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Good Book, Good Bandwidth

By Rob Pegoraro
Washington Post Staff Writer
June 27, 1997

A well-organized Web page and a decent database can work wonders with such otherwise intimidating material as the tax code. So it makes sense that Web front-ends exist for another lengthy, confusingly organized, yet even more important document, the Bible. Brown University's Scholarly Technology Group offers one of the best such interfaces, its "Bible Browser." It's astonishingly fast at fetching by verse or finding individual words, and its listing of search results helpfully offers links to the previous and next passages and the ability to switch between King James, Revised Standard and (for power users) Jerome's Latin Vulgate editions. This is great for both researchers and just plain folks don't think of looking up, say, the one instance of the word "Bethesda" in the New Testament without it. Brown's site doesn't handle searches on phrases too elegantly, but a Bible front end at the University of Virginia's Electronic Text Center does that job nicely.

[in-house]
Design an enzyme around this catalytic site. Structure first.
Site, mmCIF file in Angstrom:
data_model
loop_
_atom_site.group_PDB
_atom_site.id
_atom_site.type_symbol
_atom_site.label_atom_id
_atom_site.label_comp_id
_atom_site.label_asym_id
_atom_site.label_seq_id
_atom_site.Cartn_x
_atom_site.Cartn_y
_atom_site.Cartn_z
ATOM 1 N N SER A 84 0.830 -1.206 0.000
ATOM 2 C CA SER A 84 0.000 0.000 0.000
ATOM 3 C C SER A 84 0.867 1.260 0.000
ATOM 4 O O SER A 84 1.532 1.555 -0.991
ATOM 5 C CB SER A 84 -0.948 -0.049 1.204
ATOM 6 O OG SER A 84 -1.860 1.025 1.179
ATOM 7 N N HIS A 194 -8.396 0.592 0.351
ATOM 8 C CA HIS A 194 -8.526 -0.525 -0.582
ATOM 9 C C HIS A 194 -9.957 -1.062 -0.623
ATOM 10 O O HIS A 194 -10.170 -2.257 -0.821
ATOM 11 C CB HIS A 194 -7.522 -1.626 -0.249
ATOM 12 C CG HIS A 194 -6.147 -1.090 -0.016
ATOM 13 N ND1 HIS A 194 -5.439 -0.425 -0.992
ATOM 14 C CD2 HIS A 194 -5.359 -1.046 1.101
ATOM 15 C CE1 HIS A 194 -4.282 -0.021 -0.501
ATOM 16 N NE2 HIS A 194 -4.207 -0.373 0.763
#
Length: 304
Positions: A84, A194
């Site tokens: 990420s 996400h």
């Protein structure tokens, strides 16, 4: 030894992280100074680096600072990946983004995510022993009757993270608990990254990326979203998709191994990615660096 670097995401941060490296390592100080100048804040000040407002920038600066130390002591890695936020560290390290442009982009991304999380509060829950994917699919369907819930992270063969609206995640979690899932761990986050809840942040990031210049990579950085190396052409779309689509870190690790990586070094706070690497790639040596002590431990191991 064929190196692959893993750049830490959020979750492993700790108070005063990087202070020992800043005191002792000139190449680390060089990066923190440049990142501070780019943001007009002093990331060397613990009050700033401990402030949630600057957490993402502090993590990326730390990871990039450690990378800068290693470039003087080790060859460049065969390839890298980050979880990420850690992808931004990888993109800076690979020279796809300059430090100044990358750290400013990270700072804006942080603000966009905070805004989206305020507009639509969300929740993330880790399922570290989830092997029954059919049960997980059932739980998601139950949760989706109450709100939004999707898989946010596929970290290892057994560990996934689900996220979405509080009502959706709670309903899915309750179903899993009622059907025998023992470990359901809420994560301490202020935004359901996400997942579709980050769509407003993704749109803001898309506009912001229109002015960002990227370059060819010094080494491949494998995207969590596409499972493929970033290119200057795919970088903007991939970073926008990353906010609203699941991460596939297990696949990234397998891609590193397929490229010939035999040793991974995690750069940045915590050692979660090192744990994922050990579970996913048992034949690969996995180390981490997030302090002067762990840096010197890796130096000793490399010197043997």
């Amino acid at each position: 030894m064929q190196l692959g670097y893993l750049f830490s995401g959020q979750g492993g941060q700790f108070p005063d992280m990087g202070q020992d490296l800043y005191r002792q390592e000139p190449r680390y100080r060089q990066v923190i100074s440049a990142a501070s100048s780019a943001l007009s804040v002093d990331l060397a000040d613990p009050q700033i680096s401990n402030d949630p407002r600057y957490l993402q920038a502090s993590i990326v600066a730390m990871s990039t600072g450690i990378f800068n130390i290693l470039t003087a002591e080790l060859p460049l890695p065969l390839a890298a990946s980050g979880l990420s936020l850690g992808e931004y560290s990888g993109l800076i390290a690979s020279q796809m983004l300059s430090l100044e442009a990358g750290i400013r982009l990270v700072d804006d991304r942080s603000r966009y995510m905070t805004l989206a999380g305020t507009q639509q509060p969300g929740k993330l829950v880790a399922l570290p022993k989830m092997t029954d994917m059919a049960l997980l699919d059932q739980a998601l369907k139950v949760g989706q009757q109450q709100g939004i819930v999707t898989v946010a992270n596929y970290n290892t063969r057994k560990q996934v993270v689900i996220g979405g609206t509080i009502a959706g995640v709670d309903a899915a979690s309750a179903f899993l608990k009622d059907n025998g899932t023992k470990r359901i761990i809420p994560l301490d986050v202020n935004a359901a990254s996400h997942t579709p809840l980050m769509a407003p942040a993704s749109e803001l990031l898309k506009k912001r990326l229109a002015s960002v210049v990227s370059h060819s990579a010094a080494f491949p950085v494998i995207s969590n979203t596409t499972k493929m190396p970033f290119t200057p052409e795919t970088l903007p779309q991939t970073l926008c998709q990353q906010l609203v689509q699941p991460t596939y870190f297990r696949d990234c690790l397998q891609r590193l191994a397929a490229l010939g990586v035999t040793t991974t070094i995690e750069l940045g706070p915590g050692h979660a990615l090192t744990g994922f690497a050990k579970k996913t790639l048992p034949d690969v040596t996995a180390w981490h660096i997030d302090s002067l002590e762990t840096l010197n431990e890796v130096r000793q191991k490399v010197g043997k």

Rob Pegoraro

© Copyright 1997 The Washington Post

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